Why Do We Commemorate All Saints and Souls?

1 & 2 November 2010 All Saints and Souls

Why do we commemorate All Souls Day and All Saints Day? We often visit cemeteries without actually knowing why we remember the dead. Media commercializes these two important practices by putting in the Western season of Halloween: Television shows and various commercial establishments wore Halloween costumes as themes, and many of us associate November 1 & 2 to horror stories of ghosts. I shall therefore embark on an explanation of these two feasts using three perspectives that are easy to memorize.

First, the perspective of hope. When I visit the grave of my father whenever I find the chance to be home, the first thing I encounter is the reality of forever. At the grave, I talk to him about my life believing that he listens to me and he is present. Memories of him flood my mind, and in the remembrance of the times he spent with me and my family, he becomes present to me always.

Death therefore as faith has it is never an end. In the Preface for Christian Burial, it is said that life has not ended, but changed. The same thing with me: whatever challenges I face, I am always reminded not to lose hope, because in the end, there is life forever. And the proof is my father’s presence to me wherever I am, never anymore limited to physical presence. My father is with me always, all the time, wherever I go.

After grief and sorrow, I find myself feeling a deep joy: that I am happy for Daddy, that he is home in the arms of God. In Season 4 of Supernatural, one of the reapers of souls named Thessa, assures Dean that those who die are in a better place.

Oftentimes, our grief is about ourselves who are left behind, but that is a different story. We are also taught that Christians should be happy for someone else’s triumph --- the remedy for our envy and jealousy. And right at the grave, we are asked to go out of our own self-absorption and be happy for those who have gone ahead of us. That their life speaks about forever, about hope, about God.

Second, the perspective of love. Closely connected to the reality of forever, we are reminded that all our love, all our life finds meaning, direction, and goal in the desire to finally come home to the arms of God. It is not surprising therefore that true lovers promise to love each other until the end of time.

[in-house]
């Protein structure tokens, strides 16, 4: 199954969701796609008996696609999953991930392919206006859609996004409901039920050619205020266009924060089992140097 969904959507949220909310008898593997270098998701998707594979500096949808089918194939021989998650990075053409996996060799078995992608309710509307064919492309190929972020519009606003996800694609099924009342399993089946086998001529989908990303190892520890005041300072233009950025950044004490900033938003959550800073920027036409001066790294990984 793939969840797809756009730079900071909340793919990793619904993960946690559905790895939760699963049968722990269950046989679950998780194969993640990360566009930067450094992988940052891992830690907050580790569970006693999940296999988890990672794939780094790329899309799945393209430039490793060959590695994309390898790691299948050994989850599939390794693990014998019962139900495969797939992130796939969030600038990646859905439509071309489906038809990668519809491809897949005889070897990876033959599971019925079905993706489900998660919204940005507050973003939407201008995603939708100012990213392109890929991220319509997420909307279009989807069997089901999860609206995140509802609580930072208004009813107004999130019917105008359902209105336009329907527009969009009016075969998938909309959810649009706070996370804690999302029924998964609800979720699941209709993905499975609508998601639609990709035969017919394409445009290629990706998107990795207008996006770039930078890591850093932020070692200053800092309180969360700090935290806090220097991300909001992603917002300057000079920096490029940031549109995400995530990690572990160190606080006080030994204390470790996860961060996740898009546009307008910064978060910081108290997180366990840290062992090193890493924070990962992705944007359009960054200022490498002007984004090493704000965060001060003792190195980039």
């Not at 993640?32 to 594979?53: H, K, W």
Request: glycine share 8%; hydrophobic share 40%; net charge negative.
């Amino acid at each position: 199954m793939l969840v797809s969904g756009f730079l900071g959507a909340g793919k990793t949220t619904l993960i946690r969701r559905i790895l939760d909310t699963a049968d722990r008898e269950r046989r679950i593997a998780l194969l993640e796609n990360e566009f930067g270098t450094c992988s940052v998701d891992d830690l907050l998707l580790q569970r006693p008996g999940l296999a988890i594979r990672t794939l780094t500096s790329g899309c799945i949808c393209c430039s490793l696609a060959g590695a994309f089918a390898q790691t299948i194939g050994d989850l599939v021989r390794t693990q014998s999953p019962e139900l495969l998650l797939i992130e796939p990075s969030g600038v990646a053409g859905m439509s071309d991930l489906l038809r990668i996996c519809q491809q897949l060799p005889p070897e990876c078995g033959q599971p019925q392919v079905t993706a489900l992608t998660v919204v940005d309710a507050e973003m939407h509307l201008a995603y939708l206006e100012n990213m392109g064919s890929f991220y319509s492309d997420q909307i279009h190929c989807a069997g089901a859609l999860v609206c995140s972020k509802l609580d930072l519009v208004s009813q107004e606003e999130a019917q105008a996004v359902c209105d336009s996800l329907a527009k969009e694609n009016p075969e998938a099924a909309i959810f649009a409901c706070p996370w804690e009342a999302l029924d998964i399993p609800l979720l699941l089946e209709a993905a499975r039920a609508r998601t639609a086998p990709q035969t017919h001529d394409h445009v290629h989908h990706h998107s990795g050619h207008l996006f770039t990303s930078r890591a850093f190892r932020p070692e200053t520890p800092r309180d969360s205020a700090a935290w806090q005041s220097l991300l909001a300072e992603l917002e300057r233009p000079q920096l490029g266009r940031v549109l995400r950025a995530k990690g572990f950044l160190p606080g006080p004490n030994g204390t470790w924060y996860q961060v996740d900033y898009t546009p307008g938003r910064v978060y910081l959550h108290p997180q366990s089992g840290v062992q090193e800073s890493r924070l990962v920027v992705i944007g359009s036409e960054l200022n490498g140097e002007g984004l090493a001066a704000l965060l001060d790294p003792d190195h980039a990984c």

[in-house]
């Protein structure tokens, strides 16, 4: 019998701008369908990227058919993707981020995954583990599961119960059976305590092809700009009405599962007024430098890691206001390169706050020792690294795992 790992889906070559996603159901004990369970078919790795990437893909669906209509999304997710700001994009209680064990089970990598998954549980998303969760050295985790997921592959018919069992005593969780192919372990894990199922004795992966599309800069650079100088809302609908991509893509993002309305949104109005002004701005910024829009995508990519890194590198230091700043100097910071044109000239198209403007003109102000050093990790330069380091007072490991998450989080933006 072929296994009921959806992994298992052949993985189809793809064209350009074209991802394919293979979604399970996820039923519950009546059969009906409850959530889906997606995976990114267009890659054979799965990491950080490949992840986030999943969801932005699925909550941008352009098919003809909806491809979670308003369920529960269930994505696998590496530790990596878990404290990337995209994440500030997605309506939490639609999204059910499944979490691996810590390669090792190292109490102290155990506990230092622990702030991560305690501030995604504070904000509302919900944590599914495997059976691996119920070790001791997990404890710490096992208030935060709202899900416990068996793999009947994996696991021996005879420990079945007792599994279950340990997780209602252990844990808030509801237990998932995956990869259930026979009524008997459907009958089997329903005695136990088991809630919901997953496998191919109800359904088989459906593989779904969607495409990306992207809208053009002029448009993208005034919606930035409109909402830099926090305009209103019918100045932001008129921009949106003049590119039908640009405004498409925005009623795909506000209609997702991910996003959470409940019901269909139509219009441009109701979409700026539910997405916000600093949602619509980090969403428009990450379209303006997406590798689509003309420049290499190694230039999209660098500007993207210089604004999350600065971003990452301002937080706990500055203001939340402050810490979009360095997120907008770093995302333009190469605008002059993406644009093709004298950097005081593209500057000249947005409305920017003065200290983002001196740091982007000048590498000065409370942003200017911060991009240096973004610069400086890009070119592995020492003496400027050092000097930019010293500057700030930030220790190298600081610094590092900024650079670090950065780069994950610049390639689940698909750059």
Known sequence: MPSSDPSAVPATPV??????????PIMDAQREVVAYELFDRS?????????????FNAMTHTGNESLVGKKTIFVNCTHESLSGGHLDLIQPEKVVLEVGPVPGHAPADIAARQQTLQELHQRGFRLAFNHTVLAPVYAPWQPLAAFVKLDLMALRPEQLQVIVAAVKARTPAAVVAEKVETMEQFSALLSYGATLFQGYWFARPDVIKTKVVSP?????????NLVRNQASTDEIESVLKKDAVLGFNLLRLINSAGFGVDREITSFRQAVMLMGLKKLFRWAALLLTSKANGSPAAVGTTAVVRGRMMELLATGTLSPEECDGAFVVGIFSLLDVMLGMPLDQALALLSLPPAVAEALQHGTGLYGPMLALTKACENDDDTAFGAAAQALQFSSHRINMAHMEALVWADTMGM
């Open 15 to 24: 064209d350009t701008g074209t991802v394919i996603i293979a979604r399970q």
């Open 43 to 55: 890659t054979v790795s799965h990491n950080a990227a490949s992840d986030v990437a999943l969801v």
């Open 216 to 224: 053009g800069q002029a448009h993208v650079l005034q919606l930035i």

This theme one finds in our literature, in our songs, and even in theater. “Hanggang sa Dulo ng Walang Hanggan” or West Side Story’s “Somewhere” speaks of a state in one’s life where no one would threaten one’s love. For lovers, the fulfillment of this state is in the afterlife. We have known this reality since time immemorial. At the grave of those we love, we have found the meaning of love. My love for my father thus is beyond the grave: not even death will bring us apart.

Moreover, the grave reminds us of the things that are really important. Often we are swept with trivial things that do not last: temporal things that have become the source of our pride. These are our economic status, our educational background, our achievements, and our titles. If we look more closely, we are in a twisted world.

Scripture teaches us that all of these temporal things are to be used for service, in the love of others. Case in point: when we reach the highest educational attainment, post-graduate studies for example, it is expected that our expertise will make us great educators. But tragically, many of those with PhDs are the most boring and horrifying teachers or astutely proud individuals. Our faith admonishes us that the more we have, the more responsible we must become of others. Great service is remembered forever beyond the grave; while the others end at the grave. Proof: we remember the sacrifice of heroes, and are inspired to continue their legacy.

In addition, those who visit us when we die are the recipients of our love. They are the ones who matter. They are the ones whom we should dedicate all of our lives. This is the direction of all our courses of action, our decisions, and our sacrifices. The grave redirects our lives to the right path.

Furthermore, I find myself connected with my ancestors. At the side walls of the 17th century church of St. John the Baptist in Camalig, Albay are the niches of my ancestors who have contributed to the construction of the church. I was baptized there. I played the Kawai organ there in high school. And my vocation grew there. I would not be a priest without that church built by my great ancestors.

In the cemetery, my mother would give me a tour of all the people there. She would tell me that her mother used to sing at church, and her father used to play the organ at mass. Today, that is precisely what I do. All these ancestors of mine contributed to who I am now. When I visit the cemetery, I find myself connected to generations of familial love and service to the community. My home will always be where my ancestors are. I will always find myself if I return to my roots.

Finally, the perspective of faith. Every Sunday, the creed is recited to remind us of the basic tenets of our faith. In the creed, there is a phrase that is the source of the practice of commemorating the dead: the “communion of saints.” Just as I am connected with my ancestors, we who are pilgrims here on earth are connected with those who are still being purified and those who are already with God. And all those who are with God are holy people: they are saints, whether known or unknown.